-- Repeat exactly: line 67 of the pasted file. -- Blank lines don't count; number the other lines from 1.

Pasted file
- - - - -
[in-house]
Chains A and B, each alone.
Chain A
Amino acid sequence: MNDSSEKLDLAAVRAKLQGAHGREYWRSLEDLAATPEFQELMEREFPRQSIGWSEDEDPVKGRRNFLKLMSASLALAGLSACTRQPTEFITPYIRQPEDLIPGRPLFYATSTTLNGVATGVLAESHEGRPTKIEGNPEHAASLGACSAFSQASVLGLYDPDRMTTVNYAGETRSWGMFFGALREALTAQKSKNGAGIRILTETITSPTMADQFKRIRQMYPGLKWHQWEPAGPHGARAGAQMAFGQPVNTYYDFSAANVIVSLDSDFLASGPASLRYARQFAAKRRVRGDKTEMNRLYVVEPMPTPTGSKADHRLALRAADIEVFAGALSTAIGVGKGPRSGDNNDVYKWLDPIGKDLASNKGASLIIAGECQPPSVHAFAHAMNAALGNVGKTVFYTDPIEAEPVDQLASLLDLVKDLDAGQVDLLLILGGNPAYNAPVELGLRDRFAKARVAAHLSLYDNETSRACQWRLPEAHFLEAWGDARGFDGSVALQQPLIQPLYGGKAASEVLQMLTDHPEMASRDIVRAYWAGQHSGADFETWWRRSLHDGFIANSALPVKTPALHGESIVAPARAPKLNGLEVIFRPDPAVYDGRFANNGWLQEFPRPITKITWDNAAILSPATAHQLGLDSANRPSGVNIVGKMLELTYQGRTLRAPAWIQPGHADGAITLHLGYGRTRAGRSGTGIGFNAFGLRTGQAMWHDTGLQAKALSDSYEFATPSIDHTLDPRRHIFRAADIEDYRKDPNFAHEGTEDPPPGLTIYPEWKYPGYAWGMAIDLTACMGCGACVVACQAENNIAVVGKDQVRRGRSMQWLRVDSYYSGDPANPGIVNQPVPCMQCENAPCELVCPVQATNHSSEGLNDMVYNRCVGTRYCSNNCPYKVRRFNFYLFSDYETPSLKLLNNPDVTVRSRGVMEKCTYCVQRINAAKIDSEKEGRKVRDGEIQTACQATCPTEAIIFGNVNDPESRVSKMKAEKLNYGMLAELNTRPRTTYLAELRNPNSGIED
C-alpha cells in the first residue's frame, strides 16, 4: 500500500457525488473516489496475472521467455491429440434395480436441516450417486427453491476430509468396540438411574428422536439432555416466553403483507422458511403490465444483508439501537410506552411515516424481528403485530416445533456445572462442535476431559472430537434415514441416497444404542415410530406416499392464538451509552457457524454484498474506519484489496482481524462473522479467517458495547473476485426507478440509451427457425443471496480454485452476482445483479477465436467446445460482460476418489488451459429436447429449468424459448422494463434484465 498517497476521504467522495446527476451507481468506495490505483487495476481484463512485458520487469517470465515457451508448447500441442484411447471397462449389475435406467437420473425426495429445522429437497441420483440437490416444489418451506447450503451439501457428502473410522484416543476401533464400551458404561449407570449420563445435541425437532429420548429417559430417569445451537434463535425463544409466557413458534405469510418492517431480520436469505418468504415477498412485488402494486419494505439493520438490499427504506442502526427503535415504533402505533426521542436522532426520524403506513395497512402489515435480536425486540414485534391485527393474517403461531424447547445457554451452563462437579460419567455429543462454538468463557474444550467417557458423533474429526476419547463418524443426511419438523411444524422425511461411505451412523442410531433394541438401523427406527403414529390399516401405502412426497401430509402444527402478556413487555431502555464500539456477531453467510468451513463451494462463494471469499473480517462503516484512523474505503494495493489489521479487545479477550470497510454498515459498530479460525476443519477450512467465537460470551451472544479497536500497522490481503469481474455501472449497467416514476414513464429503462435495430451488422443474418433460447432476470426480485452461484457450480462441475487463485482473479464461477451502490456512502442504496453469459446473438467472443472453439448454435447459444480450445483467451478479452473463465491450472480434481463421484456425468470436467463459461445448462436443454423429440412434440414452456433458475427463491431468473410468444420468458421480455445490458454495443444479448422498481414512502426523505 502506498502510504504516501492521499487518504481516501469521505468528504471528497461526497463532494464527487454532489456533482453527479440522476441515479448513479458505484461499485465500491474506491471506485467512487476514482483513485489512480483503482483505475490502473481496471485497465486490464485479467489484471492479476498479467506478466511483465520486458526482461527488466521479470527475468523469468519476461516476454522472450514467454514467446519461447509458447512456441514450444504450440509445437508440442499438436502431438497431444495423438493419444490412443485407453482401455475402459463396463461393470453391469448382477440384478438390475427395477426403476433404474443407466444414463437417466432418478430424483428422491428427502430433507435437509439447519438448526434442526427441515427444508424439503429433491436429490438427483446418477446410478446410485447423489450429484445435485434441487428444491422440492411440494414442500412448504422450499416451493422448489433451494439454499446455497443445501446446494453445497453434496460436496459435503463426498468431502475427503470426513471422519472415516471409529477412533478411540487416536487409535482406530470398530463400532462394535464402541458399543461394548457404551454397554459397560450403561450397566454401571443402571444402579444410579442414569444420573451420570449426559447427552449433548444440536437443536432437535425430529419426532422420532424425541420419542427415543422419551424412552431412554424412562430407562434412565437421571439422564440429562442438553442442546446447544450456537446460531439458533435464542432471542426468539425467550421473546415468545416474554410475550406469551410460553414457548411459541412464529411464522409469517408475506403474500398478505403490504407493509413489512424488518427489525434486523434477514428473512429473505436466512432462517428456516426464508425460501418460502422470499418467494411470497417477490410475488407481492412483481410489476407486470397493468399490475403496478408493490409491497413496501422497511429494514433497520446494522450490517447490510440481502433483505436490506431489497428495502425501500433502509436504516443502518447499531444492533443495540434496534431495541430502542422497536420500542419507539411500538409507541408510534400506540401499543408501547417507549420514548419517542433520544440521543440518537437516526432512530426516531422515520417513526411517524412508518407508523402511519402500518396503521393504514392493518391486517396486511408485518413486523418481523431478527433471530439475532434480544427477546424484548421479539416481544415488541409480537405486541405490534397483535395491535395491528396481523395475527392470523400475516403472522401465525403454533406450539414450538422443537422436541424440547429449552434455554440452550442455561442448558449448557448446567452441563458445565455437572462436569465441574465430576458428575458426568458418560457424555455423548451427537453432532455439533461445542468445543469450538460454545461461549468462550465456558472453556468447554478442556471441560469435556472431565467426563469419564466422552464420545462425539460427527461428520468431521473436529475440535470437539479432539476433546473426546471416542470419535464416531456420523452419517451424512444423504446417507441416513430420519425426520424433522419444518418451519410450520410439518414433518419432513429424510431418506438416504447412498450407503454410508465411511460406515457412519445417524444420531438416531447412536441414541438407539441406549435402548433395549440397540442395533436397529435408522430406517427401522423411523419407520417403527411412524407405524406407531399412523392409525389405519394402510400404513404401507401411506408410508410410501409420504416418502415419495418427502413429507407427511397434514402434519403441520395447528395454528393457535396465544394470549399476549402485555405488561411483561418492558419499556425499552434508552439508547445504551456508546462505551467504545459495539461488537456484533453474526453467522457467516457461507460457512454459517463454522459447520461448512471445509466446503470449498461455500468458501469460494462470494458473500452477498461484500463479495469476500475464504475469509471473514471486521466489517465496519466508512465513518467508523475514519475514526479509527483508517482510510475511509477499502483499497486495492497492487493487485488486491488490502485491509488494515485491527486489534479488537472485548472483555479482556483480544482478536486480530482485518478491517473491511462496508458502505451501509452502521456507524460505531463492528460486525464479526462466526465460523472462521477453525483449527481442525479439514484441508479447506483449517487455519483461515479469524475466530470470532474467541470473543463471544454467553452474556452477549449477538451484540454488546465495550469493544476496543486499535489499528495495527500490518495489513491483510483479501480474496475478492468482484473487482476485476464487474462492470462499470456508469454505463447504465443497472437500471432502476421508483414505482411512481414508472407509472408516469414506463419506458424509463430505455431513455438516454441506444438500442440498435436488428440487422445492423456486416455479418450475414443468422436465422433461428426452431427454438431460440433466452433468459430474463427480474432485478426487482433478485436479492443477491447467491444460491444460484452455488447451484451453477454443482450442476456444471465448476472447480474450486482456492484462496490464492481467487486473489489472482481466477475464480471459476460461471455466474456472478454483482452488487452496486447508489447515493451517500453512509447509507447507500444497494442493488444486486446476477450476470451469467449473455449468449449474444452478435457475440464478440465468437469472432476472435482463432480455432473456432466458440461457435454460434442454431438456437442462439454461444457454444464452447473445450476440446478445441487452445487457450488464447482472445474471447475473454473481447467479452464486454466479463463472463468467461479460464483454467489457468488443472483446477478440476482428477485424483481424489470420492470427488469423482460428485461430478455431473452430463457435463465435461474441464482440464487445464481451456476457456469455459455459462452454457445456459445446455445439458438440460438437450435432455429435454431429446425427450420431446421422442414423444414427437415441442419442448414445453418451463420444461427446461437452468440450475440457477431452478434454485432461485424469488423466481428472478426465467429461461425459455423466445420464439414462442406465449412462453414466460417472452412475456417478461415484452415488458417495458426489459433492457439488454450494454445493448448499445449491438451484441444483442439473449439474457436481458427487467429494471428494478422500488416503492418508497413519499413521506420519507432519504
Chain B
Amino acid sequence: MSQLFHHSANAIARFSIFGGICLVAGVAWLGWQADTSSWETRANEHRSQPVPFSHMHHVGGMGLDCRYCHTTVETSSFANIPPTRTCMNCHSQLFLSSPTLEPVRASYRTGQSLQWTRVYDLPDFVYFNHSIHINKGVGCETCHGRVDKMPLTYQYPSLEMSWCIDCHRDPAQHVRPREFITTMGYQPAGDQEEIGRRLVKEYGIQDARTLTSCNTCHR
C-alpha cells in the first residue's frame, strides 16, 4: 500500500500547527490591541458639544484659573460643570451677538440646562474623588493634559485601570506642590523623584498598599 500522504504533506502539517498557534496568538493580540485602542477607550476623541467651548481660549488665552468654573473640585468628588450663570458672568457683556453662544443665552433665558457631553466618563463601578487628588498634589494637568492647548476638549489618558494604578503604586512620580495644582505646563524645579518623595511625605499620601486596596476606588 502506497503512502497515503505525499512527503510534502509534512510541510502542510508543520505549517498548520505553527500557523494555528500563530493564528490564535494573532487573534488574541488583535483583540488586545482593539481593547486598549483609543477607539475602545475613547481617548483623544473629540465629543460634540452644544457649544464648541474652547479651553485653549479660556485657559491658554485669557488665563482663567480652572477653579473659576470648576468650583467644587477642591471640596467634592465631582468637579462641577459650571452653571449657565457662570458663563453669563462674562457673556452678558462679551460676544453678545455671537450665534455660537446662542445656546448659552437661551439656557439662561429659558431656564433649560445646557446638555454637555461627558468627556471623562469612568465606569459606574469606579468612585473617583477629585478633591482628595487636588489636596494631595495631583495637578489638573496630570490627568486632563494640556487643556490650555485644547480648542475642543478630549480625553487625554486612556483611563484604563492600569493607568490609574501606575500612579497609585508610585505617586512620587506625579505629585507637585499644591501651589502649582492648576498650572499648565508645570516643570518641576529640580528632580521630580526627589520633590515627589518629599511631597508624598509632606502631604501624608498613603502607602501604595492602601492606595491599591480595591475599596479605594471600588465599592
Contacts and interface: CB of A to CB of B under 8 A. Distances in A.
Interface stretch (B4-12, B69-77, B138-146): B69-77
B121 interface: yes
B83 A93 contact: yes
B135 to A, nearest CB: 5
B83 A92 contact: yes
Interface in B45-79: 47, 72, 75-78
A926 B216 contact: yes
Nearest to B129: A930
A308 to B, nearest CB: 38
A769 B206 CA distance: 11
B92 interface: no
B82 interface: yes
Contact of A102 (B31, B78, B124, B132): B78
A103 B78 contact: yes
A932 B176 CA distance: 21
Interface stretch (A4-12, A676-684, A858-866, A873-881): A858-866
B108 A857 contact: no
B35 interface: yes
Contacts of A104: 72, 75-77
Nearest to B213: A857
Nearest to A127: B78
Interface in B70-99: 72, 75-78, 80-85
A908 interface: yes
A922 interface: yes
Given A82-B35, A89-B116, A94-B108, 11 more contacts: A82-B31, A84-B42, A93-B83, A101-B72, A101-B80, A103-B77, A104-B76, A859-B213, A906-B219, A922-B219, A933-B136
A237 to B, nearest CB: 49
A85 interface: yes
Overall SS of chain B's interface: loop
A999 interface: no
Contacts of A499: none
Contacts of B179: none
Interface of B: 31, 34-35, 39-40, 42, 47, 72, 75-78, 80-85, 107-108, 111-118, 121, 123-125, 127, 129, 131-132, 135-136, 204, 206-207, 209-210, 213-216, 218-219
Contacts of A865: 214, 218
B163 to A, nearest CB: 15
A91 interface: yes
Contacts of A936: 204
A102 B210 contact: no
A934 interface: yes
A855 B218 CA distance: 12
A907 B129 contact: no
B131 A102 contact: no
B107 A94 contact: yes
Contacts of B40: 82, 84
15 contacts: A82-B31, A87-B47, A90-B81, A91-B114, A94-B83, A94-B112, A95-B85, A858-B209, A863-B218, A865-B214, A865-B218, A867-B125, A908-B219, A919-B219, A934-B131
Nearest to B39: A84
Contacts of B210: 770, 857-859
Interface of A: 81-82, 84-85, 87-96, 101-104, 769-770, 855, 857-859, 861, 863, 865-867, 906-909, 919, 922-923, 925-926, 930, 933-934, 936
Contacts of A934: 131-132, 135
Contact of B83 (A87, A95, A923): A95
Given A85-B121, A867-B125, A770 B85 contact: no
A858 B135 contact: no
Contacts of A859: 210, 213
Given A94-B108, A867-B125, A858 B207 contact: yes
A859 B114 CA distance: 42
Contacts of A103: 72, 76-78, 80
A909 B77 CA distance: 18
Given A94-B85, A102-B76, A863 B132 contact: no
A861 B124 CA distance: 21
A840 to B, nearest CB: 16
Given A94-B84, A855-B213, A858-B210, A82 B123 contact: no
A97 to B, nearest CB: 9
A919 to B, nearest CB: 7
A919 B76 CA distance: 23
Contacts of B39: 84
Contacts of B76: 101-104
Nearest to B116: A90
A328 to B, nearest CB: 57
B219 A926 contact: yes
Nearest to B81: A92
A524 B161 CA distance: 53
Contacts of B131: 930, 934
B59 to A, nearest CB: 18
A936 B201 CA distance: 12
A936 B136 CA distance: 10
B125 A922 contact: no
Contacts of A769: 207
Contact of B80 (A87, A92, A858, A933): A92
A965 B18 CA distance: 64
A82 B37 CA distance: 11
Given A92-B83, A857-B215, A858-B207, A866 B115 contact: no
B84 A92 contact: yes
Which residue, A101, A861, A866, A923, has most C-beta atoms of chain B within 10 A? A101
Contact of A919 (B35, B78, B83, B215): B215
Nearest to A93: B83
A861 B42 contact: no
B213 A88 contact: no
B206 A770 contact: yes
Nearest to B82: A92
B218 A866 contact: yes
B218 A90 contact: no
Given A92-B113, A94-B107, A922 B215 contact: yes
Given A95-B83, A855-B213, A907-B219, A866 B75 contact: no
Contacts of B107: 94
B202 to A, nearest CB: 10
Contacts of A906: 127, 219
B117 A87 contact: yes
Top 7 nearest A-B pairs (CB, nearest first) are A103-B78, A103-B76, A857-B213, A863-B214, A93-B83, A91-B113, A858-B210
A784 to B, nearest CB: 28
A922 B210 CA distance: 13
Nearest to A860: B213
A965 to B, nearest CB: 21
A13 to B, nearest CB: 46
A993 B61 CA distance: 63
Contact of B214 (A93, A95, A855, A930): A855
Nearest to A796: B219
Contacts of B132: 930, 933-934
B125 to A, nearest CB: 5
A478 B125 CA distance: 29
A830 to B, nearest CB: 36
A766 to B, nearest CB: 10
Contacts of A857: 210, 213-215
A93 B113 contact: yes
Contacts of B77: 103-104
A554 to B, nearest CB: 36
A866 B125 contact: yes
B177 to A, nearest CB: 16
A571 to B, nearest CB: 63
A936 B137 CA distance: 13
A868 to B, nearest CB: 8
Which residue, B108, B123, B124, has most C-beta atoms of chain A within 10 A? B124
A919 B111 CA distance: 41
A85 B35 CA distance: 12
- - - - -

A861 B124 CA distance: 21